On Monday January 13, 2014, we could read a report in the front page of Adresseavisen (Trondheim’s main local newspaper) about fall injuries among elderly: Almost half of all the elderly who are involved in fall accidents in hospitals die within one year after the accident. To fall and get injured is a heavy strain on both the faller and the family and close friends. Many of us can tell stories from our own family and friends, of seniors who were injured during a fall and who were never able to recover.
A lot of research worldwide is being carried out to help eliminate falls. The newspaper article mentions a number of them. In addition to observations and conventional interventions such as exercises, a lot of research within computer science is now being applied to the prevention and elimination of falls. Trondheim-based research institutes such as NTNU and SINTEF participate in a number of national and international activities of this kind.
There are different types of ICT used in fall prevention. One type of solution is based on collecting data from accelerometers and other sensors in smart phones. The data collected from these sensors can be used to assess the risk of falling for the senior person carrying the smart phone. The results are not 100% correct, but we are getting there fast.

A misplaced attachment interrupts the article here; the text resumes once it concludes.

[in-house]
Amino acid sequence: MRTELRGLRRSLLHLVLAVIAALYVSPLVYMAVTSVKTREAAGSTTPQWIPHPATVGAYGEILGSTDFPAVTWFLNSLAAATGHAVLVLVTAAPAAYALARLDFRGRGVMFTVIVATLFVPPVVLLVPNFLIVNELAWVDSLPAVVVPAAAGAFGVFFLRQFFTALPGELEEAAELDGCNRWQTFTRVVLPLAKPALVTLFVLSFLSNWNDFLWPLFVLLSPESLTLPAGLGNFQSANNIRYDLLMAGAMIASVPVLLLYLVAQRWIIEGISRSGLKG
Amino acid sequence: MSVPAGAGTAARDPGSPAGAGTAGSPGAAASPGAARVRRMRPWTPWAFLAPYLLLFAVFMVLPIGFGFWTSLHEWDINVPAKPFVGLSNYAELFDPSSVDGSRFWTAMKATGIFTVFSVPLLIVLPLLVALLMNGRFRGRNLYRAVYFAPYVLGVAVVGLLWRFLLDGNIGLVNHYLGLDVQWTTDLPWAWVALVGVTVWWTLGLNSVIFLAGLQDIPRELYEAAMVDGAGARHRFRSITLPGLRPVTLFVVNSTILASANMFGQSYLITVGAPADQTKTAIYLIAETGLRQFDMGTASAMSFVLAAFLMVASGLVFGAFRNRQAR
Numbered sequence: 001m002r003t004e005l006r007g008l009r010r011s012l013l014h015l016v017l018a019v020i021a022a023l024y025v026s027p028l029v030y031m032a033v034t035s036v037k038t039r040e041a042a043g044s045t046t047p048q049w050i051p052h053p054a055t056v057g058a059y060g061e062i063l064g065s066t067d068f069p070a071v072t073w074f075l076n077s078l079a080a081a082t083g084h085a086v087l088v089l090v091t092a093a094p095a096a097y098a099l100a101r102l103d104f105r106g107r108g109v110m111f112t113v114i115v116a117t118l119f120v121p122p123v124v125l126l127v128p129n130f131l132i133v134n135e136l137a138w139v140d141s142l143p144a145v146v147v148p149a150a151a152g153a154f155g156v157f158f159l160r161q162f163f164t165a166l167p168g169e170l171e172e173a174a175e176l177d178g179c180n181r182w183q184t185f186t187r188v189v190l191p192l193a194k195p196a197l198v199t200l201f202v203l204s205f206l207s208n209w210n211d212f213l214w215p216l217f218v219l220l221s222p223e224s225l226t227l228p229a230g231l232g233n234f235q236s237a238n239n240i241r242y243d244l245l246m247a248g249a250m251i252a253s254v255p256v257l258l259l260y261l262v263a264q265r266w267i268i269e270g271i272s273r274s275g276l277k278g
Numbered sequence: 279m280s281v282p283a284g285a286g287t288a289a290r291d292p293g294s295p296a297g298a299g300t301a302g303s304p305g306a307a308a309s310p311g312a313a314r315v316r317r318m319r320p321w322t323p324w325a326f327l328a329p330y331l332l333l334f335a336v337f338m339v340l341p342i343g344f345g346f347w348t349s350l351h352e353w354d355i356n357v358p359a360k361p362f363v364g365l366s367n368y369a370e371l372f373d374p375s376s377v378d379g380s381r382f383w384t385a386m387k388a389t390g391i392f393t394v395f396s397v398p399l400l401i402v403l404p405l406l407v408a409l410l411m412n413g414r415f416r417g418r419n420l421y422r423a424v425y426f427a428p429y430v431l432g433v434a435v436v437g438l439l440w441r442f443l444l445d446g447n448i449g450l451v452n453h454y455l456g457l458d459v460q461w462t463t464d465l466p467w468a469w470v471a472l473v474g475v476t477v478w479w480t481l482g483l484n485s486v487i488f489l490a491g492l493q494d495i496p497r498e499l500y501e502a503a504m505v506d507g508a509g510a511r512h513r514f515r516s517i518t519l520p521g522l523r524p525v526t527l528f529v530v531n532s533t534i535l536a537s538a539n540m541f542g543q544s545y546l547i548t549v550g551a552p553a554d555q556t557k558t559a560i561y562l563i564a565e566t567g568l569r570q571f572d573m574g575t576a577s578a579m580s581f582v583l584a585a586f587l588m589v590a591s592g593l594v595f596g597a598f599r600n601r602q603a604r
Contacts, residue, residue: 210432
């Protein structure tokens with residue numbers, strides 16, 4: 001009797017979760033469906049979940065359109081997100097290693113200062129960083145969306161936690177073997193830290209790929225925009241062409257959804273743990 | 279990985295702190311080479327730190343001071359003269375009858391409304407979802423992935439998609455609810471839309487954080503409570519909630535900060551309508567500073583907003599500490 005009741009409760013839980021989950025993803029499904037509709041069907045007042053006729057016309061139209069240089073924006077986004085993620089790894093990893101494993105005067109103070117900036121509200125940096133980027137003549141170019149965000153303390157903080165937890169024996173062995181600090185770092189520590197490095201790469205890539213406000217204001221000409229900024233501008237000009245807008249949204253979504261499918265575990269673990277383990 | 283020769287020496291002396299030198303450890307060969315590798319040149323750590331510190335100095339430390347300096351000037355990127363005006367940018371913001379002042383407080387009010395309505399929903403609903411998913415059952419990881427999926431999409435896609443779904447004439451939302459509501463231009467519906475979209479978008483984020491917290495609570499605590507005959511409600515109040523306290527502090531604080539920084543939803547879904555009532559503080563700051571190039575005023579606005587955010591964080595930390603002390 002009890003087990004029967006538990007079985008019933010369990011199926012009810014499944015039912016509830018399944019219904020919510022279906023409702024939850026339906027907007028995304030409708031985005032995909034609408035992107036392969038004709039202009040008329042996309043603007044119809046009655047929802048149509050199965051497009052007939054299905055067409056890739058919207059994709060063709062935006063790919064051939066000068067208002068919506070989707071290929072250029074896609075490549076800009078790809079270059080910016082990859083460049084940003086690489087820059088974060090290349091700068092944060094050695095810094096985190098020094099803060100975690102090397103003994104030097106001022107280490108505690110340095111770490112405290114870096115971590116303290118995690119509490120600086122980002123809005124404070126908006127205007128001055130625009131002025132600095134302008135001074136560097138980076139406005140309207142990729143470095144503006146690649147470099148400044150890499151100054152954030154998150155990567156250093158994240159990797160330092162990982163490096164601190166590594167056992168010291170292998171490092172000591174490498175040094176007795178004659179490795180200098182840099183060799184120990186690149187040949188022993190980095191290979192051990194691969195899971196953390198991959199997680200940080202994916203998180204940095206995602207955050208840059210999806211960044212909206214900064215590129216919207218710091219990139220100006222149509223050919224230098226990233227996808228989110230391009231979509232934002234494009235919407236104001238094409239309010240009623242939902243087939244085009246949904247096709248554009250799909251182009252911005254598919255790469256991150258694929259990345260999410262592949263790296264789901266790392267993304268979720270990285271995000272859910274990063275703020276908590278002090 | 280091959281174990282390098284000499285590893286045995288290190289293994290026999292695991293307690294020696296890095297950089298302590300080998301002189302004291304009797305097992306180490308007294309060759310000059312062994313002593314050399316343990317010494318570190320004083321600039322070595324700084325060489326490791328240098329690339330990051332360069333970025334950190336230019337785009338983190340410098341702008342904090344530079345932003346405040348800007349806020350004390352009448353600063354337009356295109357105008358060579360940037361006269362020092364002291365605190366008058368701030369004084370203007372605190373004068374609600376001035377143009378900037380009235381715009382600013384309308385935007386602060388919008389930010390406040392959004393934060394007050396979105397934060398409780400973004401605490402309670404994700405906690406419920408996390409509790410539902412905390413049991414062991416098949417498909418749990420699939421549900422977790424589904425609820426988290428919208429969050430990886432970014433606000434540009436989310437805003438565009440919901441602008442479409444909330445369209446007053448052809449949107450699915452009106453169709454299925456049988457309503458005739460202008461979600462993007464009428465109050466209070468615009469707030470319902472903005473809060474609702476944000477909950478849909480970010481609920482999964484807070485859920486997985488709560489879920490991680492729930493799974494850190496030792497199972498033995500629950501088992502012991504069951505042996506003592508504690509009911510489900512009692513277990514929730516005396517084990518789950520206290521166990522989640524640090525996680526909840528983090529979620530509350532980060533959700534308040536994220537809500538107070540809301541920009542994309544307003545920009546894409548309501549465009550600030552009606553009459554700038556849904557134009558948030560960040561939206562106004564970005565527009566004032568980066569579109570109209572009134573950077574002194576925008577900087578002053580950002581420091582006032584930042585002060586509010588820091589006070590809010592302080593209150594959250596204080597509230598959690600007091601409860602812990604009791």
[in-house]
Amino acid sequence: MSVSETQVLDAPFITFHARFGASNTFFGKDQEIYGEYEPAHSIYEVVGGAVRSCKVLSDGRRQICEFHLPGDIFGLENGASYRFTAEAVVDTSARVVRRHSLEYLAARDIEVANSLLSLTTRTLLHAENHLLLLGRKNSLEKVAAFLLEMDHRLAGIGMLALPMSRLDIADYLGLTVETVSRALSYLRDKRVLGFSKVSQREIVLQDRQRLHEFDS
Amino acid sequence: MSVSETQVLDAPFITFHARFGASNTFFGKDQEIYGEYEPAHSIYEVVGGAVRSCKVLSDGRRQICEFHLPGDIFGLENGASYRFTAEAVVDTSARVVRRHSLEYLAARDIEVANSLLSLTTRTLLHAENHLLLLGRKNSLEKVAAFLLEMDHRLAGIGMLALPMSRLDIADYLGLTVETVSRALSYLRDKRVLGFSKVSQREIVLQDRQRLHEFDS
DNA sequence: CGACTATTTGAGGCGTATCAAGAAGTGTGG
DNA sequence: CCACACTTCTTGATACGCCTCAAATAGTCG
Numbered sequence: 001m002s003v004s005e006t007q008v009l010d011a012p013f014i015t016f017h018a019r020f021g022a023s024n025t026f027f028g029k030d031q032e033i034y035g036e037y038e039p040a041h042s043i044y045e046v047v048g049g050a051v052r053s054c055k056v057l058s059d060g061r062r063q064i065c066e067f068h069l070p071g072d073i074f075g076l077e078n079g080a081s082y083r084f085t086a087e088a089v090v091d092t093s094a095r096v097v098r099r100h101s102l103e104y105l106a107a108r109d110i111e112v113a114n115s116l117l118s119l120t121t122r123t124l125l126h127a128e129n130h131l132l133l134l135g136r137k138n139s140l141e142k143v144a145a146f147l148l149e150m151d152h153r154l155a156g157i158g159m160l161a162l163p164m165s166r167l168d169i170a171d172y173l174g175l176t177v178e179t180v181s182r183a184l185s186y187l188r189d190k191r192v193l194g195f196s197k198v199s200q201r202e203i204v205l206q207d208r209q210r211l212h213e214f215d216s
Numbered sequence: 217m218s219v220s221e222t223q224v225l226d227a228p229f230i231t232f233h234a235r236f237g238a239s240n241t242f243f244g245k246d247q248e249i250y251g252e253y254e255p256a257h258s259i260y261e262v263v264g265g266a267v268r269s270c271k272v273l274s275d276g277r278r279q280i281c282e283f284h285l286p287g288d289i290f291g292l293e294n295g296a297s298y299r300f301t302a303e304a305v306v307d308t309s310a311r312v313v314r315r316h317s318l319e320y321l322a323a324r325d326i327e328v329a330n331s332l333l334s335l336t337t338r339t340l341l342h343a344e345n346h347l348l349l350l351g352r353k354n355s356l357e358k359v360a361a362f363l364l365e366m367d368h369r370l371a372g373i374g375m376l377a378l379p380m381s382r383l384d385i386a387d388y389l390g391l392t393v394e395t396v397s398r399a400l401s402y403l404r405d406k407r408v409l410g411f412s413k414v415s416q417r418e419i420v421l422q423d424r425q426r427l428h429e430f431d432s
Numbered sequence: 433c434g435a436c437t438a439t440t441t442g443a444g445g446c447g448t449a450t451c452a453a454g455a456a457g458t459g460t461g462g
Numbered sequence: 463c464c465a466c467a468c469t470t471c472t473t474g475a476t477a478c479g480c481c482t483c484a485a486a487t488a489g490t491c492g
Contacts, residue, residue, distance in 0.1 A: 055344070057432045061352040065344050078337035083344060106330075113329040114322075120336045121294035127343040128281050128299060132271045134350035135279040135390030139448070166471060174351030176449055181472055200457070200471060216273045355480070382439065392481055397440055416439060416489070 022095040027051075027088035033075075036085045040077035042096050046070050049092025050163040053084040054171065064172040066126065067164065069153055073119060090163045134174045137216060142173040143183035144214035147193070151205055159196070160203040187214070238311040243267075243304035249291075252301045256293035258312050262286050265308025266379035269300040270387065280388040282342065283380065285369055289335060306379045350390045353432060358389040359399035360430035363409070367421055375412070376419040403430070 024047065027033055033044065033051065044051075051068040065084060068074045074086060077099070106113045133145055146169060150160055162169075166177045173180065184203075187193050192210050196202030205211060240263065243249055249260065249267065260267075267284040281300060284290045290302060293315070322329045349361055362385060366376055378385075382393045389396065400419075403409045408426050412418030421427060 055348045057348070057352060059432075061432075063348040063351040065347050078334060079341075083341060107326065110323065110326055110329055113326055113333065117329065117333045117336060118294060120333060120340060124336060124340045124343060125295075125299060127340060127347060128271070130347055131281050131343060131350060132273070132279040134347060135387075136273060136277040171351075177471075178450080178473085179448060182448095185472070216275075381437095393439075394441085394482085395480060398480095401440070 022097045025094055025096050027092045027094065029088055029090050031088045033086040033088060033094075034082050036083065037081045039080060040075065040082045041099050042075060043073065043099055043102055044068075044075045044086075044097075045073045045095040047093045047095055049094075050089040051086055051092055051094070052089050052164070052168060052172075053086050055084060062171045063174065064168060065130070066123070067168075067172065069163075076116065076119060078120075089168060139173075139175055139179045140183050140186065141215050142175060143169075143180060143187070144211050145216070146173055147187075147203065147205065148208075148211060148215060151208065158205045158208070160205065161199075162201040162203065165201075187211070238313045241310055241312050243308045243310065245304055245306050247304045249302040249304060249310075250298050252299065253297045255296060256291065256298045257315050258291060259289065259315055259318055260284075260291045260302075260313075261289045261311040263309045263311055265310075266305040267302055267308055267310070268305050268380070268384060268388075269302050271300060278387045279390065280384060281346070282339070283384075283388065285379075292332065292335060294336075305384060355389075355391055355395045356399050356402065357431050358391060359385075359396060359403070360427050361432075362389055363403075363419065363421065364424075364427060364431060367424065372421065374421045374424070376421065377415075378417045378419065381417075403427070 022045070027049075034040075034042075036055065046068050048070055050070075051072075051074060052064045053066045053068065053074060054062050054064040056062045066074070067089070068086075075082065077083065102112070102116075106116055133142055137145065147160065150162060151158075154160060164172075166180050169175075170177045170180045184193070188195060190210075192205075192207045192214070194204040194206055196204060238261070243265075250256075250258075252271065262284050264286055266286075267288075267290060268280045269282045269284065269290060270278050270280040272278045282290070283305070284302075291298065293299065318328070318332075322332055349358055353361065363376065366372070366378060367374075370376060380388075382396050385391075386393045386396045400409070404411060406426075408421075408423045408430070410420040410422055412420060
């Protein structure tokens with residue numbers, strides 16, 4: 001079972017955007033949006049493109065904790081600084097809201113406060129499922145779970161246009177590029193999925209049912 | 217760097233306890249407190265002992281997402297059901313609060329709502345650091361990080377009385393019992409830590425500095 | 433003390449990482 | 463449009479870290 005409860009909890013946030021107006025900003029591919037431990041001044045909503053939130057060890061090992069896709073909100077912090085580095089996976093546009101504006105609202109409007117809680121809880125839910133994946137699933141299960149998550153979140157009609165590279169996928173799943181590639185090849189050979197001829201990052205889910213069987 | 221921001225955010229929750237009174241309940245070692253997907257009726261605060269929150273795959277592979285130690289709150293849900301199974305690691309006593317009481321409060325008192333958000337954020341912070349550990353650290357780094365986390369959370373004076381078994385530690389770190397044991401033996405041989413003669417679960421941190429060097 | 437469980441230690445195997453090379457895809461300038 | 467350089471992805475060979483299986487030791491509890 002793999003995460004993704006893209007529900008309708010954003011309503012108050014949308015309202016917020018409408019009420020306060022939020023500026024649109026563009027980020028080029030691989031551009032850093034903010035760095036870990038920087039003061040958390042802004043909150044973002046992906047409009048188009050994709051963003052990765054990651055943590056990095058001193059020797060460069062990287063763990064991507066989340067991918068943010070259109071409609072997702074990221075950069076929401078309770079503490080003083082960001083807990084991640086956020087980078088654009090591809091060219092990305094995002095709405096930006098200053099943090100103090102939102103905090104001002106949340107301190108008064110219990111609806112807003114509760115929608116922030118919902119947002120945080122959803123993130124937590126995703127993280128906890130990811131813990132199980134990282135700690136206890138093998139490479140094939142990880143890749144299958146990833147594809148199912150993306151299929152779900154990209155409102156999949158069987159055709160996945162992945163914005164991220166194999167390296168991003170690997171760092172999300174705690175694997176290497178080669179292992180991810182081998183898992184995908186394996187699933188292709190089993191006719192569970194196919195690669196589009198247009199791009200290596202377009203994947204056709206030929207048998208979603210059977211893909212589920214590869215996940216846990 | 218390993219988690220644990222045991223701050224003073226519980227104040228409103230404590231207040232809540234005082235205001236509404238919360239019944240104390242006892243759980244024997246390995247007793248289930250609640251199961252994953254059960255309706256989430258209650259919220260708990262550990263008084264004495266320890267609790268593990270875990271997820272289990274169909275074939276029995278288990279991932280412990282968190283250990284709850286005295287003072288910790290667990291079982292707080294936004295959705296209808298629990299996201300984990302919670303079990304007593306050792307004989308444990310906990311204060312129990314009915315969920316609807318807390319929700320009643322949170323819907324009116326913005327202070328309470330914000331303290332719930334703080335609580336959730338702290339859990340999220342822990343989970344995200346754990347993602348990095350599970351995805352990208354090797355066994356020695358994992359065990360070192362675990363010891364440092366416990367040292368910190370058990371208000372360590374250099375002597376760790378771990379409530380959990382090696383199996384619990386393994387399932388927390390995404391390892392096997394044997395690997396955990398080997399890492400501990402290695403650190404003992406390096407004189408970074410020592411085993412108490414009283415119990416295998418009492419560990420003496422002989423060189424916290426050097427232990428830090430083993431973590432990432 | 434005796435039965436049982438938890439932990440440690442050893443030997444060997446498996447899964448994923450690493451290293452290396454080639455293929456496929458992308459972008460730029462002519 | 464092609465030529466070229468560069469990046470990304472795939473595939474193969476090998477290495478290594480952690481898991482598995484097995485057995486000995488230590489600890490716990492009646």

St. Olavs Hospital, NTNU, and SINTEF cooperate closely in developing such ICT-based solutions. Pioneers in this field in Trondheim are professors Jorunn Helbostad and Olav Sletvold. One of the major initiatives where all the three institutes are involved is the FARSEEING project, funded by the European Commission. In FARSEEING we are working on creating smart phone based fall detection and prevention solutions. Fall detection and welfare technologies are pointed out by SINTEF as one of four company-wide strategic areas of research.
Living long lives at home is a goal that brings with it a lot of challenges. Not so long ago, the same newspaper had another front page article about a senior lady who had to wait 13 hours for help after having fallen at her own home. It turned out that the reason was the alarm system that did not function well. Together with the Trondheim municipality alarm center we are in the process of trying out new service models based on automatic fall detection. Our hope is to reduce the waiting time after fall accidents. Our cooperation with the “Helsevakta” project at Trondheim Municipality is a strategically important step in our research in the area of falls.
(This is a translation of an article that appeared in Adresseavisen on Saturday 18. January 2014).